by Nicole Fallon, Business News Daily Assistant Editor
For many introverts, one of the most stressful and nerve-wracking parts of looking for a job or advancing their career is networking. The very core of what networking is — introducing yourself to strangers and striking up a conversation about your respective careers — sounds more like a nightmare than a potential means to land a dream job.
To be fair, every networking scenario doesn’t include a room full of people and awkward face-to-face small talk. Email and social media have made connecting with other professionals easier than ever, especially for introverted individuals. But eventually, those digital exchanges might turn into coffee meetings or job interviews (or at least a phone call), so it’s good to be prepared when you’re planning your networking strategies.
Whether you’re sending a LinkedIn message or braving the crowds at an industry event, here are a few helpful hints for introverts who want to expand their professional circle of contacts. [7 Networking Tips for Job Seekers]
Let your social profiles speak for you. If you don’t like to make the first move in networking, at least make it easy for recruiters and potential contacts to find you. Use Twitter to share more about your passion for your work, and use LinkedIn to list concrete skills you might not have room for on your resume, said Dan Finnigan, CEO of recruiting software company Jobvite.
Plan ahead. It’s a good idea for introverts to prepare for their networking events. Jacqueline Whitmore, an etiquette expert and author of “Poised for Success: Mastering The Four Qualities That Distinguish Outstanding Professionals” (St. Martin’s Press, 2011), suggested thinking of some good icebreakers, such as open-ended questions that can spur conversation. For instance, you could ask, “What’s your favorite part of your job?” Whitmore also recommended setting a departure time for yourself to make the situation less intimidating.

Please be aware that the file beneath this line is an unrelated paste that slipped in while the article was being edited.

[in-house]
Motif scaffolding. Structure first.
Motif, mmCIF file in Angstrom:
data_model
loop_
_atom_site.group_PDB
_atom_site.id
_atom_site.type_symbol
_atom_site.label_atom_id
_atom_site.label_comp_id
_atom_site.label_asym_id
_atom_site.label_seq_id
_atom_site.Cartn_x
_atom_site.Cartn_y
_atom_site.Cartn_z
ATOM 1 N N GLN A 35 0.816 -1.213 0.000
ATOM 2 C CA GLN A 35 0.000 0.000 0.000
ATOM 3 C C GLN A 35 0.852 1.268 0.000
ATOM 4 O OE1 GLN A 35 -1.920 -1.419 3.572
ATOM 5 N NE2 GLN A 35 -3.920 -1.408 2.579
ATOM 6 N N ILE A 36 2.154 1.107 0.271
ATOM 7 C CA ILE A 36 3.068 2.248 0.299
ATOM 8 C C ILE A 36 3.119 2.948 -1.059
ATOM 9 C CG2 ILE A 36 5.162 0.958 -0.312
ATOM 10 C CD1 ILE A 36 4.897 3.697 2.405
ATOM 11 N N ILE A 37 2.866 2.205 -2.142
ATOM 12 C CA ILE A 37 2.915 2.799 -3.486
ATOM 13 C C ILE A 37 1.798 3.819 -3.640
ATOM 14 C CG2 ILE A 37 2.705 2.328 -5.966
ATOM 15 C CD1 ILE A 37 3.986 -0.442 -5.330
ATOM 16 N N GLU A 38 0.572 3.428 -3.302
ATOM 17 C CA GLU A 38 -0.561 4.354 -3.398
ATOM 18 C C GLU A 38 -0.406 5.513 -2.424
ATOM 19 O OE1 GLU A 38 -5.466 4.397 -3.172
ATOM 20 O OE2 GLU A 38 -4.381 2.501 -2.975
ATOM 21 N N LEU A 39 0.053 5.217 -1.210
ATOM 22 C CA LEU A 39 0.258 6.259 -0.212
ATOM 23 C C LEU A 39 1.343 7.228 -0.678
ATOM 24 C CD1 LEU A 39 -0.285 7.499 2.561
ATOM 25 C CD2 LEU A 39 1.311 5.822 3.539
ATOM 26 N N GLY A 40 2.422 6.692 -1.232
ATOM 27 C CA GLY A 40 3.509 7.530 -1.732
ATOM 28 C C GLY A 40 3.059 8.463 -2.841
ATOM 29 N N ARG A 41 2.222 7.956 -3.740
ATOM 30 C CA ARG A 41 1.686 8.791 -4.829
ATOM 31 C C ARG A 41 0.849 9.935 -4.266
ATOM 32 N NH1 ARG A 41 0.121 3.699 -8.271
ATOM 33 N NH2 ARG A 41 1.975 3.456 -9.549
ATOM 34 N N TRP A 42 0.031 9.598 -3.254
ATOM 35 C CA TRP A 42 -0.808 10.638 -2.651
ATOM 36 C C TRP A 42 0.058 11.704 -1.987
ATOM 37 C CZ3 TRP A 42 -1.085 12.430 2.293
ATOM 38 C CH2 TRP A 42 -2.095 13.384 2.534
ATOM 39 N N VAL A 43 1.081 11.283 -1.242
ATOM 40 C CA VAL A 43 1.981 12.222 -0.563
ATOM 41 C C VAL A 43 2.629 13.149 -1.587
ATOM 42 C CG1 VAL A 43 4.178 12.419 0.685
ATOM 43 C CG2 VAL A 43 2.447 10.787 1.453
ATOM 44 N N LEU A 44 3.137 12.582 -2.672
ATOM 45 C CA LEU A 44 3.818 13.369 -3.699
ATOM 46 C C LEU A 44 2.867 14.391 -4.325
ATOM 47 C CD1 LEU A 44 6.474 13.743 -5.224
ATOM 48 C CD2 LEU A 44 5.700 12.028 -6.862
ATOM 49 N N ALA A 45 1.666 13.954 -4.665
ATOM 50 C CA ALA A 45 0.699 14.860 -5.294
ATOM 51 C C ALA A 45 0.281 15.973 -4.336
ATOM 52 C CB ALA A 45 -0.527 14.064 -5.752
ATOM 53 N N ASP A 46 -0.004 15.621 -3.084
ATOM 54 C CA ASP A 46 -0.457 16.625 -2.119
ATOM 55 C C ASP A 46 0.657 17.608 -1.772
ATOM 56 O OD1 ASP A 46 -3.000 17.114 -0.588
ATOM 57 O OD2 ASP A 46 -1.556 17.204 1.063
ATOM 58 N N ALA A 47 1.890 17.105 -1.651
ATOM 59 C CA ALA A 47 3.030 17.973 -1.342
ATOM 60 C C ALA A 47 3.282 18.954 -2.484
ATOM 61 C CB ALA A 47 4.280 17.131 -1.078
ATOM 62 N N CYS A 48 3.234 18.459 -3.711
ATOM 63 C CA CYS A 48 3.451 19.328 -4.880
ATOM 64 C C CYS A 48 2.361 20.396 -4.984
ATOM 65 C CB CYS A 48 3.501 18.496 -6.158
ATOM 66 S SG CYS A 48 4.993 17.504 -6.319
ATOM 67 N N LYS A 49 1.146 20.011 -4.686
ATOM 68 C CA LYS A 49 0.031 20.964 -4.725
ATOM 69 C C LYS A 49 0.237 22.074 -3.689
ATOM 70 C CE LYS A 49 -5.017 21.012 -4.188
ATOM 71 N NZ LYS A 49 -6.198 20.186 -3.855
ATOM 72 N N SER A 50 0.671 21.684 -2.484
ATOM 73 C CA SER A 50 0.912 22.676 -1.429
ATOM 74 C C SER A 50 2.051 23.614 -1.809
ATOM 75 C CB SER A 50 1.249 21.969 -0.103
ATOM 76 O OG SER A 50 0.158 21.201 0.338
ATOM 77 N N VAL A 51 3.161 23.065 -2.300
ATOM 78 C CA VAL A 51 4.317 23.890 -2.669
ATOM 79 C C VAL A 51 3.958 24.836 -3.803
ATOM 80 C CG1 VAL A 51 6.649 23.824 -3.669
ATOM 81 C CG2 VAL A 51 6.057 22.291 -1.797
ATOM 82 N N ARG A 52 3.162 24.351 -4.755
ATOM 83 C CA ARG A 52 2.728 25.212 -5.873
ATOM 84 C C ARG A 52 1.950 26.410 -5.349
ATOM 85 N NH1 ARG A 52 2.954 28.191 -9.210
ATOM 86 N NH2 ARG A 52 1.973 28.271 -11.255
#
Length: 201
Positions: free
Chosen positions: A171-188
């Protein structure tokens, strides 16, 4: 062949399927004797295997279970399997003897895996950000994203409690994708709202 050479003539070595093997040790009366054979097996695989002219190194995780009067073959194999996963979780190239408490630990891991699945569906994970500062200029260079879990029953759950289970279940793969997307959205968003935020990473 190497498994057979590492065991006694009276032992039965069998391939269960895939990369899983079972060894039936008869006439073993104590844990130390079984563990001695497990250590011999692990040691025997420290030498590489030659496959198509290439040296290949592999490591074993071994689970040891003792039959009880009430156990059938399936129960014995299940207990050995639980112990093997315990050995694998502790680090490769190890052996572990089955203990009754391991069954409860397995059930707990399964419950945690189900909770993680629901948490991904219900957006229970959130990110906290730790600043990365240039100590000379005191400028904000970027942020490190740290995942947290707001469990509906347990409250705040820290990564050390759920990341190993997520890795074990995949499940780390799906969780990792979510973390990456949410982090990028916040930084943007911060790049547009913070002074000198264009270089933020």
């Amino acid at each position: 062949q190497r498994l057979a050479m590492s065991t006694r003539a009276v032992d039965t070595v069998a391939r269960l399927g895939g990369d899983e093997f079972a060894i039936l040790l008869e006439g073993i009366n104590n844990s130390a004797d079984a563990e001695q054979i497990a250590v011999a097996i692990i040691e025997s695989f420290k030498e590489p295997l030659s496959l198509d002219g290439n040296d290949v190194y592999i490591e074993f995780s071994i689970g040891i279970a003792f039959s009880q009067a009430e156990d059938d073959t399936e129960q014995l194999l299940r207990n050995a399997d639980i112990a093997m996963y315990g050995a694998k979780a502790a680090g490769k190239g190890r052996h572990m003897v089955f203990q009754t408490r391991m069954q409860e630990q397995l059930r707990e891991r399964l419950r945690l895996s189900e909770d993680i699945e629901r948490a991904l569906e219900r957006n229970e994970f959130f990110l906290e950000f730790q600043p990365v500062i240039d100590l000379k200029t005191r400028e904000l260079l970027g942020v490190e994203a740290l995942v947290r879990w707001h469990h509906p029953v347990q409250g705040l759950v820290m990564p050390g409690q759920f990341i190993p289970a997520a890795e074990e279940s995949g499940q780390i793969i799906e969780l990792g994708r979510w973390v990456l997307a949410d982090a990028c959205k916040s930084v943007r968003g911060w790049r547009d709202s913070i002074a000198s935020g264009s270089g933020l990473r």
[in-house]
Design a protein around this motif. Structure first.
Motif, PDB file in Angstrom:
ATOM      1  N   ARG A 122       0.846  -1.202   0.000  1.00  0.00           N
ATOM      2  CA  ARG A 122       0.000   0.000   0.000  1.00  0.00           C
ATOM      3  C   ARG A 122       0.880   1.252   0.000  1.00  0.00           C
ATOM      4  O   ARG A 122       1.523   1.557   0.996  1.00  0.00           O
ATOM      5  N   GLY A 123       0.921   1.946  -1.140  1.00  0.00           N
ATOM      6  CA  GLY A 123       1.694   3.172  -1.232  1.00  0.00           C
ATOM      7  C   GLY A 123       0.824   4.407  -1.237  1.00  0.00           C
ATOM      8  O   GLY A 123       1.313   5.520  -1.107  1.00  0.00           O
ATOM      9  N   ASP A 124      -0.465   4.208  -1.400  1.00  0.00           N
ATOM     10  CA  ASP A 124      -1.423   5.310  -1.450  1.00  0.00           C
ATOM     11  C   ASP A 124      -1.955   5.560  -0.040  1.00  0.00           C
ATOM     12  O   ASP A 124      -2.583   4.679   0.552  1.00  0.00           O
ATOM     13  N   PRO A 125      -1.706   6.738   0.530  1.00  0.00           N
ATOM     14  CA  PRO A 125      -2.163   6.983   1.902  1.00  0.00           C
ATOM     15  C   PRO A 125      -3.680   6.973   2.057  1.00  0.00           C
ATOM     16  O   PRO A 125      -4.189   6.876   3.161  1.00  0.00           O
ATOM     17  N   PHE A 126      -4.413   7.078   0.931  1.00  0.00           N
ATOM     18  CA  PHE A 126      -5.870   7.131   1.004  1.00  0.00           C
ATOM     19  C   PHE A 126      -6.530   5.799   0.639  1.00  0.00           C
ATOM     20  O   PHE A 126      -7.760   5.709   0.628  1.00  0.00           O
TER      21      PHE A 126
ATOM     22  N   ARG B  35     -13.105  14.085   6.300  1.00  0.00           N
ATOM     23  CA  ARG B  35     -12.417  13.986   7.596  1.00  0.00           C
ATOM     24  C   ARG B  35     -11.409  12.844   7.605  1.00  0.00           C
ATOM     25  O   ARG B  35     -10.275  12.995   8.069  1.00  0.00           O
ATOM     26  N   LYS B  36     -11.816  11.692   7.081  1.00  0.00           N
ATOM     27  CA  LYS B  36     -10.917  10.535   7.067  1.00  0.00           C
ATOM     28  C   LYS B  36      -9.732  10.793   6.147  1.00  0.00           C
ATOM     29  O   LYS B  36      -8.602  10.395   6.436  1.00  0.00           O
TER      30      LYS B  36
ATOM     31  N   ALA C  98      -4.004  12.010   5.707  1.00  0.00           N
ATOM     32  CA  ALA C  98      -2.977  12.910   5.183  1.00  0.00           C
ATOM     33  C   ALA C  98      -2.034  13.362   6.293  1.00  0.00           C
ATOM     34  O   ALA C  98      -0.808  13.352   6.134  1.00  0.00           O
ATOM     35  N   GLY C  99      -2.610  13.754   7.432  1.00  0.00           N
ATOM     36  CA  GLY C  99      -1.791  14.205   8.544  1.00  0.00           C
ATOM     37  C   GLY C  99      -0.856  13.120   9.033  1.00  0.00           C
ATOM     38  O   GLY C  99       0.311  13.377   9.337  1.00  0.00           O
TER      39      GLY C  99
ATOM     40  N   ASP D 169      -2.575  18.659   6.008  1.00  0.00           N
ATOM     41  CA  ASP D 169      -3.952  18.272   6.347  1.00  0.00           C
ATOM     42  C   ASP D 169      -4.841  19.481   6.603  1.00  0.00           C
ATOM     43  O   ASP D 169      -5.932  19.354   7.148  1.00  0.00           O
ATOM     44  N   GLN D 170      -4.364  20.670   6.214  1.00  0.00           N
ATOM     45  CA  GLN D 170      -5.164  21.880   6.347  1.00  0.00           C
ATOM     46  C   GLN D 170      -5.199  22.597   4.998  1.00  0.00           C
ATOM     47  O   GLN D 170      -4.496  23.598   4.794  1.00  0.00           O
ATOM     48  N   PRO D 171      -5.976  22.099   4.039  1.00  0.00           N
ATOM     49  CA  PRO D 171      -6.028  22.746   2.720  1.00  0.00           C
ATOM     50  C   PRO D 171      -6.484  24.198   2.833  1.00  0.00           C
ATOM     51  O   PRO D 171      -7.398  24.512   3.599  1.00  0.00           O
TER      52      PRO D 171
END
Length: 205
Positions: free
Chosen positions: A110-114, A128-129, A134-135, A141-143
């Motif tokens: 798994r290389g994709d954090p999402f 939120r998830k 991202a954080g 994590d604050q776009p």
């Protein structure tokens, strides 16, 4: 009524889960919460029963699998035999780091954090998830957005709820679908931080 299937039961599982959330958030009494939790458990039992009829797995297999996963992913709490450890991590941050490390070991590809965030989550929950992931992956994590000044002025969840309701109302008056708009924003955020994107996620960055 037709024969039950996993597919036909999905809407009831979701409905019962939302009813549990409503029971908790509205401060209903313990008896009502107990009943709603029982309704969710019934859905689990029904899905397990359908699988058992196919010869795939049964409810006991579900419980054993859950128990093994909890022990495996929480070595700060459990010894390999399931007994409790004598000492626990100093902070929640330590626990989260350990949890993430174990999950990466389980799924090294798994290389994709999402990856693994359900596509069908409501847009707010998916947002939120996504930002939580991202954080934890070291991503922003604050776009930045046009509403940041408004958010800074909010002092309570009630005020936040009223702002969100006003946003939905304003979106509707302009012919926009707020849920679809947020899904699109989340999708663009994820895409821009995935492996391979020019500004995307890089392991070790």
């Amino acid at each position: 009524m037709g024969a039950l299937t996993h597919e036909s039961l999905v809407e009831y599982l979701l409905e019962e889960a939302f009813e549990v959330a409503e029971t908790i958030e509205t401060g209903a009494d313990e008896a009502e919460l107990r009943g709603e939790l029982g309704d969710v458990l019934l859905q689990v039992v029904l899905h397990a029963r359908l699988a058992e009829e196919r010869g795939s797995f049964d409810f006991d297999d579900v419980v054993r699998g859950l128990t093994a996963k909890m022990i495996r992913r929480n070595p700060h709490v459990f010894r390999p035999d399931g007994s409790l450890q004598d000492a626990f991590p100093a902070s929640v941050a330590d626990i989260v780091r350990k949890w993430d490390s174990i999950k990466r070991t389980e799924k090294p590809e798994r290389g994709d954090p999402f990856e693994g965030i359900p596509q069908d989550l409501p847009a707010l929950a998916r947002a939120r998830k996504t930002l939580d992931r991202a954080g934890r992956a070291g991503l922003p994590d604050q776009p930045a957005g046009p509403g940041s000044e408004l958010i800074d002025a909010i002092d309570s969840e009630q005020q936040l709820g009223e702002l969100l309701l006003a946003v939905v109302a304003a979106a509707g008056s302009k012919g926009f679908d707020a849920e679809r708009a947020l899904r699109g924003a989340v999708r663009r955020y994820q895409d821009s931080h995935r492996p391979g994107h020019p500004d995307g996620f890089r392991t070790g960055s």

Set realistic goals for yourself. If you’re not a natural social butterfly, it’s unreasonable to expect that you’ll introduce yourself to 10 or 15 new people at a networking event. Hannon recommended setting goals before you go, such as meeting three new contacts and getting their information.
Ask for advice. A good networking technique is to ask a new contact to educate you, Hannon said. People love to give advice, so ask them if you can pick their brains about their job or industry, or if they can offer advice on your current career situation.
Be inquisitive. Introverts are usually great listeners, which puts them at a distinct advantage at networking events. Asking questions and giving thoughtful, engaged responses often help introverts stand out as people who value others, which can give event attendees more of a reason to remember them, Whitmore said.
Be willing to talk about yourself, too. Whitmore said that asking multiple questions without ever sharing any information about yourself can make people feel as if they’re being interrogated. Conversations should be a two-way street. She advised introverts to share personal information about themselves as a way to help others remember them once the event is over.
Don’t forget about mutual contacts. If there’s a specific person you want to meet at an event, find a common connection and see if he or she can introduce you, Whitmore said. The mutual contact rule works especially well on social media, too: The friends you’re connected with might be part of a network with a job opening that’s a fit for you. Finnigan cited Jobvite’s Social Recruiting Survey, which found that 60 percent of employers find the best candidates through referrals.
Follow up. Once you’ve met someone and had a meaningful conversation, be sure to follow up after the event, Hannon said. Connect with them on LinkedIn or send them a quick email, saying that you enjoyed meeting them and would love to stay in touch or meet up in the future.
Look for everyday opportunities. Common, everyday situations can be great networking opportunities. Whitmore’s advice to introverts is to casually socialize with colleagues around the office or invite a different co-worker to lunch each week to practice your networking skills and perhaps even open a door or two for your career.
Additional reporting by Chad Brooks, Business News Daily senior writer.
Originally published Aug. 1, 2014. Updated Jan. 15, 2015.
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